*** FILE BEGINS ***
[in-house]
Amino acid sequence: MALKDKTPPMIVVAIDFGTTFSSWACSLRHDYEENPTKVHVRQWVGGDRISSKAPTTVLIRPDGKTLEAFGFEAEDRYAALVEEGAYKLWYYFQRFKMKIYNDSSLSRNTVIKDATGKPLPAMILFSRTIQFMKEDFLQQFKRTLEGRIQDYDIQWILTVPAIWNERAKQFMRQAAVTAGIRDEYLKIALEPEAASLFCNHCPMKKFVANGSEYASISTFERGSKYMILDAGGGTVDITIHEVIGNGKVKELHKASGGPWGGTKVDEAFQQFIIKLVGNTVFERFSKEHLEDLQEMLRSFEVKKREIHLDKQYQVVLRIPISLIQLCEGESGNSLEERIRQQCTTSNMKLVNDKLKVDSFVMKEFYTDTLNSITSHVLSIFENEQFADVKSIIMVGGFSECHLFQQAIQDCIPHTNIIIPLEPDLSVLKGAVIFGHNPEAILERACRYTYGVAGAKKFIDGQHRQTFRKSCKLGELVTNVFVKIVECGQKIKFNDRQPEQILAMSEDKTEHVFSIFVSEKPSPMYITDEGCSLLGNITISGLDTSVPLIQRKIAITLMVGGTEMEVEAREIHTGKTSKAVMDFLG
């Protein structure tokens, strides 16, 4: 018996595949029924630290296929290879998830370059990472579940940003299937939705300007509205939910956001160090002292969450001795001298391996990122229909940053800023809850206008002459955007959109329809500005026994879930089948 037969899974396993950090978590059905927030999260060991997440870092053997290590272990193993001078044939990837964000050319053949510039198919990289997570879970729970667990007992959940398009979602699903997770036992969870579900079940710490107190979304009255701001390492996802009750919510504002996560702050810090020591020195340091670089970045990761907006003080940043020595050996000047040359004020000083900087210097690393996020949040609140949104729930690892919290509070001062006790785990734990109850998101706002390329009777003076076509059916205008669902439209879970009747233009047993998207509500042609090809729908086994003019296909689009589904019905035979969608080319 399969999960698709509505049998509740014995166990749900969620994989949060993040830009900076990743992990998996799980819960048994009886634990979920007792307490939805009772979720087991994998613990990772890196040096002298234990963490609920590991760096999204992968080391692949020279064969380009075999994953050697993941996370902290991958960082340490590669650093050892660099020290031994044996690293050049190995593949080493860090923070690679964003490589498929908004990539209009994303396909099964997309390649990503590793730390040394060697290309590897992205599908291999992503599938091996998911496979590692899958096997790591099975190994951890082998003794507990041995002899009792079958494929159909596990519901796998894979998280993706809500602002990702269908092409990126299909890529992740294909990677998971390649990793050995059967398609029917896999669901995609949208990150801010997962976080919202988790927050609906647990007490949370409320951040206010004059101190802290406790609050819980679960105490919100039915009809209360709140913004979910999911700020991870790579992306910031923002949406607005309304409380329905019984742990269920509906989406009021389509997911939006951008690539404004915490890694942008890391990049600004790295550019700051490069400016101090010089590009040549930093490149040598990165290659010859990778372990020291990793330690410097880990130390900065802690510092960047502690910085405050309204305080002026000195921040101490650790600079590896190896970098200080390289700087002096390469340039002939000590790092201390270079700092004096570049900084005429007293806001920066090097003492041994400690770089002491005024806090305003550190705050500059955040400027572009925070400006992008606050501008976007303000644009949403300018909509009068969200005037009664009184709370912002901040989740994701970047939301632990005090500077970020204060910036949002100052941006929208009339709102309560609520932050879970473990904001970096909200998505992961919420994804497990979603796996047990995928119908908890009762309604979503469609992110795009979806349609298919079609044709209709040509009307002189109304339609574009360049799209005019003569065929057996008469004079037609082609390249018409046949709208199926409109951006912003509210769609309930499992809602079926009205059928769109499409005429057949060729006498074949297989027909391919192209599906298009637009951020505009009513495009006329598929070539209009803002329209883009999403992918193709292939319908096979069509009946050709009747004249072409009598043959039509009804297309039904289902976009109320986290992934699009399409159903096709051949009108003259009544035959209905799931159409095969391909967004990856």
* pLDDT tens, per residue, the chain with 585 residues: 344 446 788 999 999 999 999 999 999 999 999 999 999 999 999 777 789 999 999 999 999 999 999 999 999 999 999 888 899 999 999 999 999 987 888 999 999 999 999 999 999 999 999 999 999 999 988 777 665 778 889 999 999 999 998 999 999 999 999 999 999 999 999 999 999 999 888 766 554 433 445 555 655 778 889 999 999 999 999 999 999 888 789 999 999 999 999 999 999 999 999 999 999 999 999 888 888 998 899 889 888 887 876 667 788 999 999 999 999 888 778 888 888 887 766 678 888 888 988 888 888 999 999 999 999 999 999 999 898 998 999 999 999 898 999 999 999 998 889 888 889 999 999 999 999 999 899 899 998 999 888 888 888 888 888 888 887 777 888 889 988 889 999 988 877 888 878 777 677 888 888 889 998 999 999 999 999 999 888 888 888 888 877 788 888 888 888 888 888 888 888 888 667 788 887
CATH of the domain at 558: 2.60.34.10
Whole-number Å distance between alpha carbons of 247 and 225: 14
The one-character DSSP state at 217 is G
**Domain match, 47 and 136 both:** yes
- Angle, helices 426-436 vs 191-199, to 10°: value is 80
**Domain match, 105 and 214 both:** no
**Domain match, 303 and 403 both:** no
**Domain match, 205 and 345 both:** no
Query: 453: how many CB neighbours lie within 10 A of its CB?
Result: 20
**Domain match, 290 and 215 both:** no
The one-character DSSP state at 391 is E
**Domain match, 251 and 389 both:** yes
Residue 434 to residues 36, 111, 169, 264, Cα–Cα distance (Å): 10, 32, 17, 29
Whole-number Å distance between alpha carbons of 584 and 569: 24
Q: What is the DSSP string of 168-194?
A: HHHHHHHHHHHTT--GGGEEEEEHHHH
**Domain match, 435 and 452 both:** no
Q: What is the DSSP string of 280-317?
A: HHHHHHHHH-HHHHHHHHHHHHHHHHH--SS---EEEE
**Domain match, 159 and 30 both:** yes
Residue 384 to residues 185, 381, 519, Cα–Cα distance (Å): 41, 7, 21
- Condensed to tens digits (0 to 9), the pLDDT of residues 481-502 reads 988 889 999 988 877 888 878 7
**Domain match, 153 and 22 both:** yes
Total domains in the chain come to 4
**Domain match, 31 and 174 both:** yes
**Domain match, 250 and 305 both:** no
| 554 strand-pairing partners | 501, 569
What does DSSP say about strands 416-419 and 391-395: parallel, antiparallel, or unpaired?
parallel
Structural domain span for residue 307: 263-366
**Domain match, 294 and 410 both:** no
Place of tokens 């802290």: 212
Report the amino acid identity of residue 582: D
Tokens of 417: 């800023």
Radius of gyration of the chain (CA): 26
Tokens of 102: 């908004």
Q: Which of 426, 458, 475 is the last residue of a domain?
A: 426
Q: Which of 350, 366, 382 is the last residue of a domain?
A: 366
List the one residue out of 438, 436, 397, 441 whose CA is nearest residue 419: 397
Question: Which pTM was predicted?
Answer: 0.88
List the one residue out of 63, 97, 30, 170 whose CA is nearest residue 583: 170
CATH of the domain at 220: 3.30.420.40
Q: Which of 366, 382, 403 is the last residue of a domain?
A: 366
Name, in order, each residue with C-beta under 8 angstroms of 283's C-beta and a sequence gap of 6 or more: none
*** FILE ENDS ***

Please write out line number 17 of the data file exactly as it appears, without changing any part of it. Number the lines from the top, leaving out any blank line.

**Domain match, 251 and 389 both:** yes